Stages of Gastrointestinal Stromal Tumors
Key Points for This Section
- After a gastrointestinal stromal tumor has been diagnosed, tests are done to find out if cancer cells have spread within the gastrointestinal tract or to other parts of the body.
- There are three ways that cancer spreads in the body.
- Cancer may spread from where it began to other parts of the body.
- The results of diagnostic and staging tests are used to plan treatment.
The process used to find out if cancer has spread within the gastrointestinal (GI) tract or to other parts of the body is called staging. The information gathered from the staging process determines the stage of the disease. The following tests and procedures may be used in the staging process:
- PET scan (positron emission tomography scan): A procedure to find malignant tumor cells in the body. A small amount of radioactive glucose (sugar) is injected into a vein. The PET scanner rotates around the body and makes a picture of where glucose is being used in the body. Malignant tumor cells show up brighter in the picture because they are more active and take up more glucose than normal cells do.
- CT scan (CAT scan): A procedure that makes a series of detailed pictures of areas inside the body, taken from different angles. The pictures are made by a computer linked to an x-ray machine. A dye may be injected into a vein or swallowed to help the organs or tissues show up more clearly. This procedure is also called computed tomography, computerized tomography, or computerized axial tomography.
- MRI (magnetic resonance imaging): A procedure that uses a magnet, radio waves, and a computer to make a series of detailed pictures of areas inside the body. This procedure is also called nuclear magnetic resonance imaging (NMRI).
- Chest x-ray : An x-ray of the organs and bones inside the chest. An x-ray is a type of energy beam that can go through the body and onto film, making a picture of areas inside the body.
- Bone scan : A procedure to check if there are rapidly dividing cells, such as cancer cells, in the bone. A very small amount of radioactive material is injected into a vein and travels through the bloodstream. The radioactive material collects in the bones and is detected by a scanner.
- Tissue. The cancer spreads from where it began by growing into nearby areas.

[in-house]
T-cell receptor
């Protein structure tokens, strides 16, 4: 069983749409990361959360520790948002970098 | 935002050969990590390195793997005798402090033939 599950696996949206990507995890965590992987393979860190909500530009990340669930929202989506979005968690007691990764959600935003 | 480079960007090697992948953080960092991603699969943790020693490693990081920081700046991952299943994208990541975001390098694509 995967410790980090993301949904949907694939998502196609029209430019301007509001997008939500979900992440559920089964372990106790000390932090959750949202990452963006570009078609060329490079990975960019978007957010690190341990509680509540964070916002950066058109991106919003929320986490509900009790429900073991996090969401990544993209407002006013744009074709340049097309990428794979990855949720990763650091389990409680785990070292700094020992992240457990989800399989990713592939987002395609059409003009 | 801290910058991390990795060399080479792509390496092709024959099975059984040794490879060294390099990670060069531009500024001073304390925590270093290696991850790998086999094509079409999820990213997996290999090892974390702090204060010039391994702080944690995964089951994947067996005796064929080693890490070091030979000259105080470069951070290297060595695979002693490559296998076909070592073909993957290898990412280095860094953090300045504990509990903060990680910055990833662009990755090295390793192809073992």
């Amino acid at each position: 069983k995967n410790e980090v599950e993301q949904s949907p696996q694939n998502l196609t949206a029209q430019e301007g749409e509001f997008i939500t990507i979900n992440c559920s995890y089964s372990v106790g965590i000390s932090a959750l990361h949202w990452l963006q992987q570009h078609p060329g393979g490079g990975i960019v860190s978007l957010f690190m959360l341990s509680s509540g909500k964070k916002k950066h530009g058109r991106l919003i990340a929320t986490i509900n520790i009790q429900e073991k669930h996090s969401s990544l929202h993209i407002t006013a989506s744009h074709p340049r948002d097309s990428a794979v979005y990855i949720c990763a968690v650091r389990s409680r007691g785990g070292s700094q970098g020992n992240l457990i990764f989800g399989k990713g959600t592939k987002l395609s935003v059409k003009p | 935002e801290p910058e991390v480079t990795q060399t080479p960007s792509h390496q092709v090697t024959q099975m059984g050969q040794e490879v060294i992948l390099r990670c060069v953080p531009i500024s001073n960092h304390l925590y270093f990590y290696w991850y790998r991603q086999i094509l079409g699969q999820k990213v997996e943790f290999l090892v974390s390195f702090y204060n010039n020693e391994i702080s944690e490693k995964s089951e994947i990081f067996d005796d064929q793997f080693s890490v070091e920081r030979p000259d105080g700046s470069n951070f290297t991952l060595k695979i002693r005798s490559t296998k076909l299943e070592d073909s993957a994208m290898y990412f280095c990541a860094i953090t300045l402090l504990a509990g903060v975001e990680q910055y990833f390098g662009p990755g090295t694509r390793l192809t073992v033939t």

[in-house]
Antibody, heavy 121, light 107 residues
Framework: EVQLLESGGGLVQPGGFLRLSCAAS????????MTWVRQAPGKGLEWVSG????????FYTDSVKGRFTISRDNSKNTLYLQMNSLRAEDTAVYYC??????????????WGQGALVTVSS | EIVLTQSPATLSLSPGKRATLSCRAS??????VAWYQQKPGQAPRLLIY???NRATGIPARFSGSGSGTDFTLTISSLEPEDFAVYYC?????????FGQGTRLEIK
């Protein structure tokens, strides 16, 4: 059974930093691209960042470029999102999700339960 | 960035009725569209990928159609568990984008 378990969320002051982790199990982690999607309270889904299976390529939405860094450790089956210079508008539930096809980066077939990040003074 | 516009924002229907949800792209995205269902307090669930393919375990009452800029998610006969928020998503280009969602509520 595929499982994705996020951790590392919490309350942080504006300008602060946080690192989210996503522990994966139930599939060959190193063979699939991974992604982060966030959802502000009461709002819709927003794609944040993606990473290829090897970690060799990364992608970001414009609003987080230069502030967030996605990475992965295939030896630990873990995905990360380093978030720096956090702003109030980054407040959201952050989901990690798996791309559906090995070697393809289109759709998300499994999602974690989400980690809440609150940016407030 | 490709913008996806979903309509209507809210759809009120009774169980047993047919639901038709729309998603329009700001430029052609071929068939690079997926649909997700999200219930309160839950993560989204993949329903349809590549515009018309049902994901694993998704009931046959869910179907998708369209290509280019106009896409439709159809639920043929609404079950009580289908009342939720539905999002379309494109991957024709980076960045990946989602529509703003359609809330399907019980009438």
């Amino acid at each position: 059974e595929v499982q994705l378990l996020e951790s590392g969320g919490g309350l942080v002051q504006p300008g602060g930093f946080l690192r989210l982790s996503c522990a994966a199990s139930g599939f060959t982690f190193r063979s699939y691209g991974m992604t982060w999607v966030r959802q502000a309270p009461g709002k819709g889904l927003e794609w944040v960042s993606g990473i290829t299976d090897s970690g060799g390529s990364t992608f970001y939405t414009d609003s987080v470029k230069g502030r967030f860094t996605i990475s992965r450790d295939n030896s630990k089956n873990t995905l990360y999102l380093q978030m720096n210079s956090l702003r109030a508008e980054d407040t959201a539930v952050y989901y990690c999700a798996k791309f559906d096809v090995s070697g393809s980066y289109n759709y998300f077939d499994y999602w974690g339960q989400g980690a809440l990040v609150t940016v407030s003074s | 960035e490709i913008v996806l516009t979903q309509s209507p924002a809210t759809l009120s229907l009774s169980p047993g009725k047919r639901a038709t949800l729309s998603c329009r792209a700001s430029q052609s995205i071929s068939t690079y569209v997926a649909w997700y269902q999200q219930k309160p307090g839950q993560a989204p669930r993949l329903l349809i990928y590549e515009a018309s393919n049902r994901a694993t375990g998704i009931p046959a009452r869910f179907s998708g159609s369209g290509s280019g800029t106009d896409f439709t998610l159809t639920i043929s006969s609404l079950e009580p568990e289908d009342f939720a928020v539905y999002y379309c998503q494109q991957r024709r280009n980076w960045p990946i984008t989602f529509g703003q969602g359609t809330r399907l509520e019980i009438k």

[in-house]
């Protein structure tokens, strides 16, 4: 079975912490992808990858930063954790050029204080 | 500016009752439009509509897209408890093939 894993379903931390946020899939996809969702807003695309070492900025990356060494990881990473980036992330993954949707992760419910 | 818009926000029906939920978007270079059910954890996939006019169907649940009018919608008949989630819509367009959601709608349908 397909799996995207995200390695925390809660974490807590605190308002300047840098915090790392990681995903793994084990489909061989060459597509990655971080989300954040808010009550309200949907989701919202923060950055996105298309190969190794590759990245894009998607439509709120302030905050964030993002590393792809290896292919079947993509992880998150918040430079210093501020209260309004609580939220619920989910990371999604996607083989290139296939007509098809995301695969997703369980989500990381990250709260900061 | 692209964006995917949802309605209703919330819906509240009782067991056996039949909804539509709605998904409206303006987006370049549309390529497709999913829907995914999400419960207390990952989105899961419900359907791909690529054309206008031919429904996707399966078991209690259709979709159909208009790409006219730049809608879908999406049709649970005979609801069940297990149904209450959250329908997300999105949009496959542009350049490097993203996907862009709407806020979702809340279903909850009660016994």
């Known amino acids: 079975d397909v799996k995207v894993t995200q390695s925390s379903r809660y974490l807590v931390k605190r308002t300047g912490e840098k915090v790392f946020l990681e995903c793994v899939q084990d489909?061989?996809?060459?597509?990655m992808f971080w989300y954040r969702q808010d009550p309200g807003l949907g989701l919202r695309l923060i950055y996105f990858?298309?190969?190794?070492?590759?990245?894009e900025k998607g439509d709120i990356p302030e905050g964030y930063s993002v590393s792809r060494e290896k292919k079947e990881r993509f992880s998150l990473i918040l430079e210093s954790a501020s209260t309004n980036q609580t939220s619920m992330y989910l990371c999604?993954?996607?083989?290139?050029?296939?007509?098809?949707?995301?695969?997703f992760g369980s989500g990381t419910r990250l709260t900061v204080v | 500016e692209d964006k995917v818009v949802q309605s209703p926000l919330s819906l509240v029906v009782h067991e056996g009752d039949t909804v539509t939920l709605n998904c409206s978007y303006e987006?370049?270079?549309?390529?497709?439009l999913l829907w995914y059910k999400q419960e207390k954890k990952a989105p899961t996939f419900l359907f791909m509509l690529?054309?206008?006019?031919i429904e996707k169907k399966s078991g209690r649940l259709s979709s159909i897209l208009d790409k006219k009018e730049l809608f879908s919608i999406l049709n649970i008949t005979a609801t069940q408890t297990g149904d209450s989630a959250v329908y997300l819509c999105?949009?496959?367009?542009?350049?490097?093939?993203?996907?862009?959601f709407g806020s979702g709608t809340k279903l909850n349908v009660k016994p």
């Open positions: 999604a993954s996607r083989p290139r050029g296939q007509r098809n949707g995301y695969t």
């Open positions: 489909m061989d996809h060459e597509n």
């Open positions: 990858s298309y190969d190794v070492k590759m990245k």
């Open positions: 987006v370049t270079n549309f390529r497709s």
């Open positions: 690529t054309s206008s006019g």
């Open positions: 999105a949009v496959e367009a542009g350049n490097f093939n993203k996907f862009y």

- Lymph system. The cancer spreads from where it began by getting into the lymph system. The cancer travels through the lymph vessels to other parts of the body.
- Blood. The cancer spreads from where it began by getting into the blood. The cancer travels through the blood vessels to other parts of the body.
- Lymph system. The cancer gets into the lymph system, travels through the lymph vessels, and forms a tumor (metastatic tumor) in another part of the body.
- Blood. The cancer gets into the blood, travels through the blood vessels, and forms a tumor (metastatic tumor) in another part of the body.
The metastatic tumor is the same type of tumor as the primary tumor. For example, if a gastrointestinal stromal tumor (GIST) spreads to the liver, the tumor cells in the liver are actually GIST cells. The disease is metastatic GIST, not liver cancer.
For many cancers it is important to know the stage of the cancer in order to plan treatment. However, the treatment of GIST is not based on the stage of the cancer. Treatment is based on whether the tumor can be removed by surgery and if the tumor has spread to other parts of the abdomen or to distant parts of the body.
Treatment is based on whether the tumor is:
- Resectable: These tumors can be removed by surgery .
- Unresectable: These tumors cannot be completely removed by surgery.
- Metastatic and recurrent: Metastatic tumors have spread to other parts of the body. Recurrent tumors have recurred (come back) after treatment. Recurrent GISTs may come back in the gastrointestinal tract or in other parts of the body. They are usually found in the abdomen, peritoneum, and/or liver.
- Refractory: These tumors have not gotten better with treatment.